Arithmetic Operators

Rexx arithmetic is performed by the operators +, -, *, /, %, //, and ** (add, subtract, multiply, divide, integer divide, remainder, and power).

Before every arithmetic operation, the terms operated upon have leading zeros removed (noting the position of any decimal point, and leaving only one zero if all the digits in the number are zeros). They are then truncated, if necessary, to DIGITS + 1 significant digits before being used in the computation. The extra digit improves accuracy because it is inspected at the end of an operation, when a number is rounded to the required precision. When a number is truncated, the LOSTDIGITS condition is raised if a SIGNAL ON LOSTDIGITS condition trap is active. The operation is then carried out under up to double that precision. When the operation is completed, the result is rounded, if necessary, to the precision specified by the NUMERIC DIGITS instruction.

The values are rounded as follows: 5 through 9 are rounded up, and 0 through 4 are rounded down.


The ** (power) operator raises a number to a power, which can be positive, negative, or 0. The power must be a whole number. The second term in the operation must be a whole number and is rounded to DIGITS digits, if necessary, as described under Limits and Errors when Rexx Uses Numbers Directly. If negative, the absolute value of the power is used, and the result is inverted (that is, the number 1 is divided by the result). For calculating the power, the number is multiplied by itself for the number of times expressed by the power. Trailing zeros are then removed as though the result were divided by 1.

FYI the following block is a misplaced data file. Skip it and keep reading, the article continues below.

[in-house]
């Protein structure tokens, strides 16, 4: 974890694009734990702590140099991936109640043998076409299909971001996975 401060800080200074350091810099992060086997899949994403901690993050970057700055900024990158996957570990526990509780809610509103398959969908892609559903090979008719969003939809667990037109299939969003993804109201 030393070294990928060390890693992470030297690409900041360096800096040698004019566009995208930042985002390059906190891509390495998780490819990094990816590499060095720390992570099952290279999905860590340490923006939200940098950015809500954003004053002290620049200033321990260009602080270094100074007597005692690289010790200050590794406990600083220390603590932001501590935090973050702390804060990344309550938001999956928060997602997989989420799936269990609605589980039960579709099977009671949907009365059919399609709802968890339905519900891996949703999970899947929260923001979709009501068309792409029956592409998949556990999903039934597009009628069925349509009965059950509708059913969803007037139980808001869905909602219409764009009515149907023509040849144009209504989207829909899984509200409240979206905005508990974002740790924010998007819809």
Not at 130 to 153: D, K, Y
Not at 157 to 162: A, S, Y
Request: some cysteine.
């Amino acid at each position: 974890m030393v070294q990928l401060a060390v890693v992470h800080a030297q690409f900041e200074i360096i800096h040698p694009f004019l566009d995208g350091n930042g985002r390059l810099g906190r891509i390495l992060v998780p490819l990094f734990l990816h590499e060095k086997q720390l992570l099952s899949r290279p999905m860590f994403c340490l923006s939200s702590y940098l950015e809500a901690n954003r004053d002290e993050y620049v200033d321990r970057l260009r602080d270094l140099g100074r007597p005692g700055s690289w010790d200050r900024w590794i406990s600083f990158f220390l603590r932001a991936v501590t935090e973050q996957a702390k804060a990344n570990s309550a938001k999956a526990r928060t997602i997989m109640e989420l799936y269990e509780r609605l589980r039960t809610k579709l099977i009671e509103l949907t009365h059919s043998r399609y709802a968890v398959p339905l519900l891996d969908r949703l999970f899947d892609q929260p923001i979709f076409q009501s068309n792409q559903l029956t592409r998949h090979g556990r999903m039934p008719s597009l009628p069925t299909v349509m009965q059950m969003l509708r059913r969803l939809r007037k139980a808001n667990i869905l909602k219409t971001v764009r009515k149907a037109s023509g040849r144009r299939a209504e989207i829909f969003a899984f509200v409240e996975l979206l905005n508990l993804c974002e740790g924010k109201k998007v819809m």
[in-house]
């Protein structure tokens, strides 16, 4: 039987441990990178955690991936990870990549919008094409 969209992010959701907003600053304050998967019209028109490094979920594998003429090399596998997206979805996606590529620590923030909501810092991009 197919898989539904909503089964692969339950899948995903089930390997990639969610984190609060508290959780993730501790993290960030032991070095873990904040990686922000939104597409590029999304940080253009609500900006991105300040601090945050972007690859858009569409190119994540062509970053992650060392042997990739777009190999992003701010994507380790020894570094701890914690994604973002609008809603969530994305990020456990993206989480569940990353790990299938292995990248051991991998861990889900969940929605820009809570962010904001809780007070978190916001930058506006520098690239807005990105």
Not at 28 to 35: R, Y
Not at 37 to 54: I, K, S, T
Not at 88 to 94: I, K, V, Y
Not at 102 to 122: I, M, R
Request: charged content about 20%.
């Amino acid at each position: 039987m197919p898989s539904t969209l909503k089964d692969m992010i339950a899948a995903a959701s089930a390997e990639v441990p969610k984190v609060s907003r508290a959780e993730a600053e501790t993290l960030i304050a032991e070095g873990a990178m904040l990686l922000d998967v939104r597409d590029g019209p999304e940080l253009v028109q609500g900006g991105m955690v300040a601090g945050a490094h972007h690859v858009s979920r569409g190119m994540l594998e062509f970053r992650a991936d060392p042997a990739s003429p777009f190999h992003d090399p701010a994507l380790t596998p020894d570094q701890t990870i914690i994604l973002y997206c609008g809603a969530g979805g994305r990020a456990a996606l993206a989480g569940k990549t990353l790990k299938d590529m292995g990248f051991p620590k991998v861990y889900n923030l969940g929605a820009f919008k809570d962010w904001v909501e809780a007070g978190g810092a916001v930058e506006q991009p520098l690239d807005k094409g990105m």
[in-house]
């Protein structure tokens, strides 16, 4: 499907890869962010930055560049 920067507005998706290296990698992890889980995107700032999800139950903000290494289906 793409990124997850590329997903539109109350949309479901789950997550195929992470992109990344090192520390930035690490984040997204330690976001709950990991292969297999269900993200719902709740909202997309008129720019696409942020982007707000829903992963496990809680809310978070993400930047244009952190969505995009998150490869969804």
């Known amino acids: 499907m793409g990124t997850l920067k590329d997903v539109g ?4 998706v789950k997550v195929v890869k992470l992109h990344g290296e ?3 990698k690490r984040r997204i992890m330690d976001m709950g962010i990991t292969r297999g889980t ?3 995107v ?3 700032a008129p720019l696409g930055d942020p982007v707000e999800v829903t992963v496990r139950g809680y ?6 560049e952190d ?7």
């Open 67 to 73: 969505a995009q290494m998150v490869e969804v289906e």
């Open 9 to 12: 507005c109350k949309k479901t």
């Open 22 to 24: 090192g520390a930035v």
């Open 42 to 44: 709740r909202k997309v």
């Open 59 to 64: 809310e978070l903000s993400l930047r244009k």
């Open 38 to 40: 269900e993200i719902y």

Integer Division

The % (integer divide) operator divides two numbers and returns the integer part of the result. The result is calculated by repeatedly subtracting the divisor from the dividend as long as the dividend is larger than the divisor. During this subtraction, the absolute values of both the dividend and the divisor are used: the sign of the final result is the same as that which would result from regular division.

If the result cannot be expressed as a whole number, the operation is in error and fails--that is, the result must not have more digits than the current setting of NUMERIC DIGITS. For example, 10000000000%3 requires 10 digits for the result (3333333333) and would, therefore, fail if NUMERIC DIGITS 9 were in effect.


The // (remainder) operator returns the remainder from an integer division and is defined to be the residue of the dividend after integer division. The sign of the remainder, if nonzero, is the same as that of the original dividend.

This operation fails under the same conditions as integer division, that is, if integer division on the same two terms fails, the remainder cannot be calculated.

Operator Examples

/* With:  NUMERIC DIGITS 5 */
12+7.00     ->    19.00
1.3-1.07    ->     0.23
1.3-2.07    ->    -0.77
1.20*3      ->     3.60
7*3         ->    21
0.9*0.8     ->     0.72
1/3         ->     0.33333
2/3         ->     0.66667
5/2         ->     2.5
1/10        ->     0.1
12/12       ->     1
8.0/2       ->     4
2**3        ->     8
2**-3       ->     0.125
1.7**8      ->    69.758
2%3         ->     0
2.1//3      ->     2.1
10%3        ->     3
10//3       ->     1
-10//3      ->    -1
10.2//1     ->     0.2
10//0.3     ->     0.1
3.6//1.3    ->     1.0